Torah Portion: Yitro (Jethro)(Sh’mot) Exodus 18:1-20:23
Haftorah Reading: Isaiah 6:1-7:6; 9:5-6
This week we read the Torah portion Yitro. It is one of only two Torah portions named for a non-Jew and for a further point this portion contains the Ten Commandments and the ceremony where Israel agrees to submit to G-d. So why, with all of this, would this section carry the name of a non-Jew? In some ways the answer is part of the correct response to my question of the week.
Torah Portion: Shoftim (Judges) Devarim (Deut.) 16:18-21:9
HafTorah: Isaiah 51:12-53:12
NT Matt. 5:38-42; 18:15-20; Acts 3:13-26; 7:35-53; I Cor 5:9-13; I Tim 5:17-22; Hebrews 10:28-31
Today I want us to look at Devarim 16:18 to begin our discussion. This verse says to set up judges and policemen in all your gates. First, I would like to look at this on its surface and see how this was applied in both Judaism and Christianity. In the Land in the time of Yeshua every Jewish town had a panel of at least three people considered to be knowledgeable and honest to handle the legal questions that arose in the town. They were to apply Torah principles in their decisions. On a national level there was the Sanhedrin that dealt with the most difficult questions. One rule observed by the people was to bring their cases only before a Jewish court. To take it elsewhere was seen as a great sin. Why? Other Gentile courts would not hand down rulings based on Torah but based on their own system. In I Cor. 6:1-6 we read where Paul uses the same reasoning when speaking to the church at Corinth admonishing them to not go before unbelievers to decide a matter of justice. Why, for the same reason. So early believers were urged to follow the pattern of their roots on this question of judges.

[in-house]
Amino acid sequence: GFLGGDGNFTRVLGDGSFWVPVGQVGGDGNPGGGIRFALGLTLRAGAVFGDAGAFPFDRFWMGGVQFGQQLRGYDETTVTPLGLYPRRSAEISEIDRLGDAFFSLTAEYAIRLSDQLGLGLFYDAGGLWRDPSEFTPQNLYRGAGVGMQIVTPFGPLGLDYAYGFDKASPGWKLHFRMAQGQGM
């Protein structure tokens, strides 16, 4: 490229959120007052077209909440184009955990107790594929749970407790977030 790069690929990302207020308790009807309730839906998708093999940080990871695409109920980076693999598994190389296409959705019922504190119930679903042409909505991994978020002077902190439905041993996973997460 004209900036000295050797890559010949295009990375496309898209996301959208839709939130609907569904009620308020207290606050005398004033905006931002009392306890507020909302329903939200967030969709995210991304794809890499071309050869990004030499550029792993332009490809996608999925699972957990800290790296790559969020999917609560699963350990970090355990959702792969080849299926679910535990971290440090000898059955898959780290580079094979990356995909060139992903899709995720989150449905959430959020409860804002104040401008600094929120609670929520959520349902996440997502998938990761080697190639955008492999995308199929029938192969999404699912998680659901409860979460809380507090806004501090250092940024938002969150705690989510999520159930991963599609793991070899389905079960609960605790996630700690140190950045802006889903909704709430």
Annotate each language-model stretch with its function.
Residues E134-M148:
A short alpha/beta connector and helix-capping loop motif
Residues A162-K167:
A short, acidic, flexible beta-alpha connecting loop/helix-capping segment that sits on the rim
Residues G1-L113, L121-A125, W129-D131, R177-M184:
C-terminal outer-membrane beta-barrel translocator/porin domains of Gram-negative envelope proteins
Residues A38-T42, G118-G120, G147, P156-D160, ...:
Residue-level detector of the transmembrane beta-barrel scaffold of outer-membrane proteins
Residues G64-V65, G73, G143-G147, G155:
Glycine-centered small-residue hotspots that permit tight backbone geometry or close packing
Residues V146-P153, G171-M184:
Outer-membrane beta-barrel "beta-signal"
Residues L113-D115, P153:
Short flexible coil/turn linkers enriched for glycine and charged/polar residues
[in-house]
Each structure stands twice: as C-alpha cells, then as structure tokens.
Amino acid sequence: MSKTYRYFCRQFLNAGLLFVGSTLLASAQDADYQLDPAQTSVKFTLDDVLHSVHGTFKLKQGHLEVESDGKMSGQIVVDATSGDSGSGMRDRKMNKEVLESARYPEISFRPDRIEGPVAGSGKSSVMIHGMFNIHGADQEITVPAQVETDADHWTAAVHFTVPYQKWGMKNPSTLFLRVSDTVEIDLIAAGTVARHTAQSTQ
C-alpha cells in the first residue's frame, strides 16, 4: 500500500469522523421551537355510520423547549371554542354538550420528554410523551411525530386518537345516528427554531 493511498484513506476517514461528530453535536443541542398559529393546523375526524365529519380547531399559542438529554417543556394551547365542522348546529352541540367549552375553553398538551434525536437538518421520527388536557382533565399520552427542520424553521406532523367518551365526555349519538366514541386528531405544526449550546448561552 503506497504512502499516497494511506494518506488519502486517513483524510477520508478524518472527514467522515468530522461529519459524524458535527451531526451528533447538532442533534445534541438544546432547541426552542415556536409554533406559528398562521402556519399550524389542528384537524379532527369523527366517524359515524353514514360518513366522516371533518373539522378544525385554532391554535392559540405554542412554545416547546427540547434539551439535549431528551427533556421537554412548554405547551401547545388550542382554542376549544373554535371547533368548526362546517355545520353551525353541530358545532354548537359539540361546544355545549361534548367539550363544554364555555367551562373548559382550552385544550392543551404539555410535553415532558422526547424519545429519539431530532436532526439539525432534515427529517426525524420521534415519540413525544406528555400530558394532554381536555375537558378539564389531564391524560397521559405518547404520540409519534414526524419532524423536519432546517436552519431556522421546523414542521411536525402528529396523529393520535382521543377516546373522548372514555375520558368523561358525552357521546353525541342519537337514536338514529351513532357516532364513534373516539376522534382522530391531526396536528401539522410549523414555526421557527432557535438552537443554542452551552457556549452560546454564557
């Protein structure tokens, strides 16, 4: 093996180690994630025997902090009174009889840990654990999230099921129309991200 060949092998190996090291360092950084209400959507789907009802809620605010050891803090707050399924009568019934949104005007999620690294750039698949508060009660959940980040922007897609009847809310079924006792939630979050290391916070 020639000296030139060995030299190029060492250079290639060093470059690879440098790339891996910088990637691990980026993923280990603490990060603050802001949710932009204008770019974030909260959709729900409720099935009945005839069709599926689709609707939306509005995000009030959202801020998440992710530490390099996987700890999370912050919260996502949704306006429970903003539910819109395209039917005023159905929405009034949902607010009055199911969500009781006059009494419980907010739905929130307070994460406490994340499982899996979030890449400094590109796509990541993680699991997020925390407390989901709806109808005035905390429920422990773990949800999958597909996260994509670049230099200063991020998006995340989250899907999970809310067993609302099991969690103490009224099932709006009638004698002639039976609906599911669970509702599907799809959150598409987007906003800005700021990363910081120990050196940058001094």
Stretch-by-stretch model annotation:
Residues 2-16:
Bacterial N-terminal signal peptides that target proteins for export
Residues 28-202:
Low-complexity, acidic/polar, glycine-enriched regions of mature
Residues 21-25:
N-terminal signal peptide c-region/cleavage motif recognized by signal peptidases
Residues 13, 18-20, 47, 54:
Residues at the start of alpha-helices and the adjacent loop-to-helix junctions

Torah Portion: Ki Tavo (When You Come) Deut. 26:1-29:8
HafTorah: Isaiah 60:1-22
In the days of the Temple farmers were to set aside the first of the seven things mentioned in Torah in Deut. 8:8. How did they do this? The farmer went out into the fields at the first sign of blossoms or heads of grain and marked them with a ribbon on the stems. When they reached maturity he would harvest them and take them to the Temple in Jerusalem during Shavuot. He would give them to the priest and recite the words of Deut 26:5-11. What was the purpose of this ritual to the farmer? It kept it in his mind and spirit that all things come from the Father, and gave him an opportunity to show his gratitude for G-d’s provisions.